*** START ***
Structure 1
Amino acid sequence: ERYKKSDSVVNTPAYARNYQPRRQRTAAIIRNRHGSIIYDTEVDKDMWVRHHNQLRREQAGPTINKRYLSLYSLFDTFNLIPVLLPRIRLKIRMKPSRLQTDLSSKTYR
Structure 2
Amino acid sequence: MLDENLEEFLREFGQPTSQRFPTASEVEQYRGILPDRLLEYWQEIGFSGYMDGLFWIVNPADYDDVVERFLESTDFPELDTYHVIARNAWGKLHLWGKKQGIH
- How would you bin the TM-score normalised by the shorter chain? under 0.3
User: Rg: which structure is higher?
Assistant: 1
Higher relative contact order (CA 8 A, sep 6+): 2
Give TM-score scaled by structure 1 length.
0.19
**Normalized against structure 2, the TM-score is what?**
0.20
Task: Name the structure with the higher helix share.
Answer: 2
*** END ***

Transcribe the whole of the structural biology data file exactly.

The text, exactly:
Structure 1
Amino acid sequence: ERYKKSDSVVNTPAYARNYQPRRQRTAAIIRNRHGSIIYDTEVDKDMWVRHHNQLRREQAGPTINKRYLSLYSLFDTFNLIPVLLPRIRLKIRMKPSRLQTDLSSKTYR
Structure 2
Amino acid sequence: MLDENLEEFLREFGQPTSQRFPTASEVEQYRGILPDRLLEYWQEIGFSGYMDGLFWIVNPADYDDVVERFLESTDFPELDTYHVIARNAWGKLHLWGKKQGIH
- How would you bin the TM-score normalised by the shorter chain? under 0.3
User: Rg: which structure is higher?
Assistant: 1
Higher relative contact order (CA 8 A, sep 6+): 2
Give TM-score scaled by structure 1 length.
0.19
**Normalized against structure 2, the TM-score is what?**
0.20
Task: Name the structure with the higher helix share.
Answer: 2